Drew Brees Caps The Year Of The Quarterback

Drew BreesWith every pass he completes this weekend, Drew Brees will extend his record for most yards completed in an NFL season. Brees, in fact, did something  last night that Dan Marino could not do in 15 years of trying. He broke Marino’s remarkable 1984 yardage record.

Yet Brees’ remarkable feat is marginally better than his rivals in this Year of the Quarterback.

New England’s Tom Brady is 103 yards short of 5,000 yards for the season and 190 yards shy of passing Marino’s 5,087-yard record.

Green Bay’s Aaron Rodgers has already thrown 45 touchdown passes, three shy of Marino’s 48 scores in 1984. Rodgers may finish the season with a passer rating over 120.0. He sits at 122.5 after 15 games.

Detroit’s Matthew Stafford has come of age to lead the Lions back to the postseason with a team capable of making a genuine playoff run.

Rookie Cam Newton has been overshadowed by Tebow Mania in spite of the vast difference between their performance. Newton is a top-10 passer with 3,893 yards and 20 touchdowns to his credit. Please, NFL, schedule the Carolina Panthers for more prime time games next season.

Tim Tebow, meanwhile, continues to prove correct both sides of the argument about him. He is a terrible passer. He wins games. Only the NFL’s finest can best the Broncos with Tebow under center. In a copycat league, Denver finally accepts that they have something in Tebow that cannot be duplicated. They are prepared to build on that if only to meet the public’s insatiable demand for more Tebow.

Rookie of the Year has become a quarterback award with Cam Newton as the leading candidate. But, give Andy Dalton a talent like A.J. Green to throw to and he will make Cincinnati a contender and stake his own claim for ROTY honors.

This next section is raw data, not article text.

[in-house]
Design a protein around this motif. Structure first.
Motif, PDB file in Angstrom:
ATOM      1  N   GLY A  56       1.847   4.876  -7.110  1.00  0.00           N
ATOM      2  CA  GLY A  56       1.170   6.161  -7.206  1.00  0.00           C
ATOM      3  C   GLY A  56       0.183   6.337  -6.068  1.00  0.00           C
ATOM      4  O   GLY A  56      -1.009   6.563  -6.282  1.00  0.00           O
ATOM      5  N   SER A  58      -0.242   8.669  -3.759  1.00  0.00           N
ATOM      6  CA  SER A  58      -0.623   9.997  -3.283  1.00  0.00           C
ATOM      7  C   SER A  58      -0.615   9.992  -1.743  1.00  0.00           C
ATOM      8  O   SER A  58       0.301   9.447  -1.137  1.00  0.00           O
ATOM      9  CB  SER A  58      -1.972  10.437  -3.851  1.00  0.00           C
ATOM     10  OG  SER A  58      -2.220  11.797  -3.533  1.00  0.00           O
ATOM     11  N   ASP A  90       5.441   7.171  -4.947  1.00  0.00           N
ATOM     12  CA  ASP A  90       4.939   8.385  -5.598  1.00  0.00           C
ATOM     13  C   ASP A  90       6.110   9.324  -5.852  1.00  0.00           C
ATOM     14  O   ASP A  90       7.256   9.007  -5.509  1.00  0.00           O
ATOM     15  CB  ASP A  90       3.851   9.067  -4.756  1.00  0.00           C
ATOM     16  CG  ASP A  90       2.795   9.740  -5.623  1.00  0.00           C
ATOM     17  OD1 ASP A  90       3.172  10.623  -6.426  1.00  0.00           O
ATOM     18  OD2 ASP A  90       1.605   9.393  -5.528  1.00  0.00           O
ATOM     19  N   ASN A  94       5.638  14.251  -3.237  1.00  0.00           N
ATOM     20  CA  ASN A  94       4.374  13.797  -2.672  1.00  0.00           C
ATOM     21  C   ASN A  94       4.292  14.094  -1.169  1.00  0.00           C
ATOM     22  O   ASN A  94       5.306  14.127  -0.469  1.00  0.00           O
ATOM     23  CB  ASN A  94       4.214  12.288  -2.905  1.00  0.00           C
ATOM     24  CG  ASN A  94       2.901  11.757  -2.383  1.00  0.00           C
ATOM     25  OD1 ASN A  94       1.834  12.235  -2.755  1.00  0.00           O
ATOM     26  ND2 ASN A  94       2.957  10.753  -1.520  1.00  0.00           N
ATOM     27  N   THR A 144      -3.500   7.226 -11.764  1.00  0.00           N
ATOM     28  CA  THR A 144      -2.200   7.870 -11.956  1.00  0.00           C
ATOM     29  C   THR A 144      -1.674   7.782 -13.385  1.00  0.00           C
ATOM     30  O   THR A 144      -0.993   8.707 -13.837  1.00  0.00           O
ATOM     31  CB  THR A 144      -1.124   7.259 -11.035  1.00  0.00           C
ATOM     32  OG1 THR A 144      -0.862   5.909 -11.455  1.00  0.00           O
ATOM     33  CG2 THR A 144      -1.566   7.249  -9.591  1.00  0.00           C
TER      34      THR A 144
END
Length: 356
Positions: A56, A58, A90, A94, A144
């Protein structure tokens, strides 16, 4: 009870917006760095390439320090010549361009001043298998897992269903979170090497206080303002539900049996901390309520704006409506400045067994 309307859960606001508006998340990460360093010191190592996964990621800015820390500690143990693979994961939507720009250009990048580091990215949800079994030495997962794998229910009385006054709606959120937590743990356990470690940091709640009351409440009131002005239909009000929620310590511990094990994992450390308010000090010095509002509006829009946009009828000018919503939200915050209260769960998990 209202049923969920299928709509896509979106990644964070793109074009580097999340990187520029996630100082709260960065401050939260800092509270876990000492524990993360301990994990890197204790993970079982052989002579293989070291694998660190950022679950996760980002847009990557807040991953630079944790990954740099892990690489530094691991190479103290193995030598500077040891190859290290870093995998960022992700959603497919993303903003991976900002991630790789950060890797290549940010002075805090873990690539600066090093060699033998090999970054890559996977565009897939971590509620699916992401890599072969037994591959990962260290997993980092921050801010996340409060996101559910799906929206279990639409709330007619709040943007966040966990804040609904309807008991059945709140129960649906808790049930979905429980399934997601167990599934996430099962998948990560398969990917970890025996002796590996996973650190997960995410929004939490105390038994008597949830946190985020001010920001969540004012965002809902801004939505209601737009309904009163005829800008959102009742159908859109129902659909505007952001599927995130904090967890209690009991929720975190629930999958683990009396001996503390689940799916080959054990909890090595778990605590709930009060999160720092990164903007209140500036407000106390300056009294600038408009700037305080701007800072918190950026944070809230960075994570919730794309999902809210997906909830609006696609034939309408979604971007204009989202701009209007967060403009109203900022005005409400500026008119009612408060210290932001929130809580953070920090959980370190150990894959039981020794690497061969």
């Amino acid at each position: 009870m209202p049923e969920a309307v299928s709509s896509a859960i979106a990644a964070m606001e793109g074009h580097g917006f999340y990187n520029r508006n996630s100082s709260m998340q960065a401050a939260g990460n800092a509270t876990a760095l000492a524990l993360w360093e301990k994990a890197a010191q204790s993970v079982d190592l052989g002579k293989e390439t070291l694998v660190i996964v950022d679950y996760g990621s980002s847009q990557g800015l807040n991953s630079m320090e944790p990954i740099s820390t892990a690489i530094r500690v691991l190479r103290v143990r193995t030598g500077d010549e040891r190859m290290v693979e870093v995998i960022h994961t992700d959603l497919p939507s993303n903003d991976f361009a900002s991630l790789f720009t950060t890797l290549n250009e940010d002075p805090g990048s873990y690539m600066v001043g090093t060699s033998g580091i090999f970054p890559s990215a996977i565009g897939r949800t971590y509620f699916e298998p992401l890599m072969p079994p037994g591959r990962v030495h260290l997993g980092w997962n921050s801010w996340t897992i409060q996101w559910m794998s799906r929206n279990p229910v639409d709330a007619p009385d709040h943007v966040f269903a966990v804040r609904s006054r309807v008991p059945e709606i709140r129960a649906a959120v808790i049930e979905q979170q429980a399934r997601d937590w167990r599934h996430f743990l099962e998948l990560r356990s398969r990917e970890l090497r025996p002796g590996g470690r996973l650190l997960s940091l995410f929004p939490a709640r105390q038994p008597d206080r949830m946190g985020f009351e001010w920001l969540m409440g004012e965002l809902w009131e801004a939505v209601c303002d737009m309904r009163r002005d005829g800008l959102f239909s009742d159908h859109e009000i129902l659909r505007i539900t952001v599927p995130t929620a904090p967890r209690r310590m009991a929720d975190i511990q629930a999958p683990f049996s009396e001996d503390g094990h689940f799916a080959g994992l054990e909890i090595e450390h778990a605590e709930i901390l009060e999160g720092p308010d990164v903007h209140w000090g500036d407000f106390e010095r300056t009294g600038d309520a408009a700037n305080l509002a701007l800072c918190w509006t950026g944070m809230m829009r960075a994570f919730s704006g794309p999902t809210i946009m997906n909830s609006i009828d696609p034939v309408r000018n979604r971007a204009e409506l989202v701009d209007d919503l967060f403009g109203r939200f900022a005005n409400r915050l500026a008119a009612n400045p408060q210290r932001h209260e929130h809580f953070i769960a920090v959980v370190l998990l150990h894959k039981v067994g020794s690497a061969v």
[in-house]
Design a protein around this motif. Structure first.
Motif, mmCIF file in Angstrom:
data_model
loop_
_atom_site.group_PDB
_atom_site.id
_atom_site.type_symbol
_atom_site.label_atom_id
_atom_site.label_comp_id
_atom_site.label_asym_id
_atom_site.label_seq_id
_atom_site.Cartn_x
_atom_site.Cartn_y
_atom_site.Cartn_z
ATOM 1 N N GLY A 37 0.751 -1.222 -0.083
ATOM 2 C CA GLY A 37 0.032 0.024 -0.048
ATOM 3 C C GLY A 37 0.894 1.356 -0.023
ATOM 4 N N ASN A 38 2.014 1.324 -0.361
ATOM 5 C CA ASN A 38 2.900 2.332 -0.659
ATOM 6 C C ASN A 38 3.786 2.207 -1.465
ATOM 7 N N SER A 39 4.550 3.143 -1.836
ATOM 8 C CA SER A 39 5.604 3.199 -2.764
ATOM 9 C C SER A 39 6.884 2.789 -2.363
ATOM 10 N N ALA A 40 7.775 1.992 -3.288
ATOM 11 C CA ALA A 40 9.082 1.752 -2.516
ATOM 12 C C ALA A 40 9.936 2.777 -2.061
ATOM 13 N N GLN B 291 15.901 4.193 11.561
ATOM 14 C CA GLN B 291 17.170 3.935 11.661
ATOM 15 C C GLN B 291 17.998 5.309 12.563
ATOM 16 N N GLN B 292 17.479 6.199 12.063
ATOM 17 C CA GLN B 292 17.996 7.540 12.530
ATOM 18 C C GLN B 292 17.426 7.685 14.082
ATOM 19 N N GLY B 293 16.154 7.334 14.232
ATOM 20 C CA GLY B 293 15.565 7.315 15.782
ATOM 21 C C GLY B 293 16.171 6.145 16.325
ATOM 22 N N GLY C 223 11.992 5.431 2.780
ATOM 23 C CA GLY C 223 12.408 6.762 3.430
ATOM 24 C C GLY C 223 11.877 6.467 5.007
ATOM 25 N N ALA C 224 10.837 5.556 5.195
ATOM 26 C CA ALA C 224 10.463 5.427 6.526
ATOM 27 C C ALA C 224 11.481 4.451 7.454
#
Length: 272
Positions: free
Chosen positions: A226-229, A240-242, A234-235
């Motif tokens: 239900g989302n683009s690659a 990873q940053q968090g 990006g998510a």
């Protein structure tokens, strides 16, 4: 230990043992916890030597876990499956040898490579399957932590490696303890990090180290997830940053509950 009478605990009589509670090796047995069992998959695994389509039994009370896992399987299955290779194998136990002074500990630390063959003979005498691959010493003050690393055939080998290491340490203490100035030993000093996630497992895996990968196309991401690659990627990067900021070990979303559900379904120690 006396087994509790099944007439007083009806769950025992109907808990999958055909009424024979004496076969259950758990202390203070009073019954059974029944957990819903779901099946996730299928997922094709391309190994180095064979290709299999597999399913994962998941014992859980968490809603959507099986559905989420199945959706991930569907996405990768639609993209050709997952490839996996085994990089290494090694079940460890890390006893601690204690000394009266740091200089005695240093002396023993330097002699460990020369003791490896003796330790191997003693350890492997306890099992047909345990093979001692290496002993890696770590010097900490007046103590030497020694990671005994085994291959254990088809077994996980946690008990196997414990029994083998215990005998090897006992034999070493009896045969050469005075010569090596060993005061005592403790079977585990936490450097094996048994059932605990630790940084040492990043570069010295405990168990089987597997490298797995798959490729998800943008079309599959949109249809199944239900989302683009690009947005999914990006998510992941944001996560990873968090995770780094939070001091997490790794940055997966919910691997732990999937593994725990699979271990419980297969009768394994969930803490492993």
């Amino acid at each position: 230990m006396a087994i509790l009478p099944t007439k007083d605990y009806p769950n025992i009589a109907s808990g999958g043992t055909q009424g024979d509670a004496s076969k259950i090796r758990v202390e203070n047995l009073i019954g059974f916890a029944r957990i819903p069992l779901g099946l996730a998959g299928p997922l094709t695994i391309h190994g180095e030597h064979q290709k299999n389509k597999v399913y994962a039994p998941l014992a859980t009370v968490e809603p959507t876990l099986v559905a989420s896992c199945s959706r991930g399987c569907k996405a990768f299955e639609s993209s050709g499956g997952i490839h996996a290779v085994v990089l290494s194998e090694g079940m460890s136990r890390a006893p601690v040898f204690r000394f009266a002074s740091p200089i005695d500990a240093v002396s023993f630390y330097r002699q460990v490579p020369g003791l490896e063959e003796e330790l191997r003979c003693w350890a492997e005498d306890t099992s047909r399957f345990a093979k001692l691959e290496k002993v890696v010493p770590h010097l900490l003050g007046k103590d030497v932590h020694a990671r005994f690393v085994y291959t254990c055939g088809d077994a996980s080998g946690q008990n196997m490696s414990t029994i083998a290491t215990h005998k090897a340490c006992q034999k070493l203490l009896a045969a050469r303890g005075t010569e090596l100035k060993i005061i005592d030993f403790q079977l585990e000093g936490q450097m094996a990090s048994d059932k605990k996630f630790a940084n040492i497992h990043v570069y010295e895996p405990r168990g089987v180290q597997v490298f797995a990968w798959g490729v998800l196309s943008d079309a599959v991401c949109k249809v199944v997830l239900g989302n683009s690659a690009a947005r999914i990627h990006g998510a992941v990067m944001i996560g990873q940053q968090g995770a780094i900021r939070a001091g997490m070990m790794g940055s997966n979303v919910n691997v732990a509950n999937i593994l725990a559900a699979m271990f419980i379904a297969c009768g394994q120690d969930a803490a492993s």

Would the Minnesota Vikings’ season been better if they kept Tarvaris Jackson?

Do not lament Peyton Manning’s lost season. The Manning family is well represented by Eli who long ago shed the “little bro” handle while proving to Rex Ryan that the Jets really are the little bros of New York and New Jersey.

Fans celebrate Brees’ individual achievement. But Brees and his fellow quarterbacks see the performance as steps to reach the real goal—win the Super Bowl. That was something Marino never did. He would trade his record for the ring if he could.

Fans and front offices over-think the Holy Grail of “franchise quarterback.” I’m looking at you, San Diego Chargers GM A.J. Smith who punted Brees out the door in the rush to start Phillip Rivers. Smith’s great sin is that he failed to show as much faith in Brees after an injury than the Saints did. Rivers is a legitimate franchise quarterback, but no one is calling hims a future Hall of Famer just yet. Rivers has yet to do what Brees has done once and threatens to do once more, lead his team to a Super Bowl. Brees’ record is another banana peel on Smith’s path to the exit ramp.

The year 2011 will be labeled the Year of the Quarterback, but here is one thing to count on. It will not take 27 years for someone to break Drew Brees’ passing record. Who knows, it might be Brees who does it.

About Anthony Brown

Lifelong Redskins fan and blogger about football and life since 2004. Joined MVN's Hog Heaven blog in 2005 and then moved Redskins Hog Heaven to Bolguin Network. Believes that the course of a season is pre-ordained by management decisions made during the offseason. Can occasionally be found on the This Given Sunday blog and he does guest posts.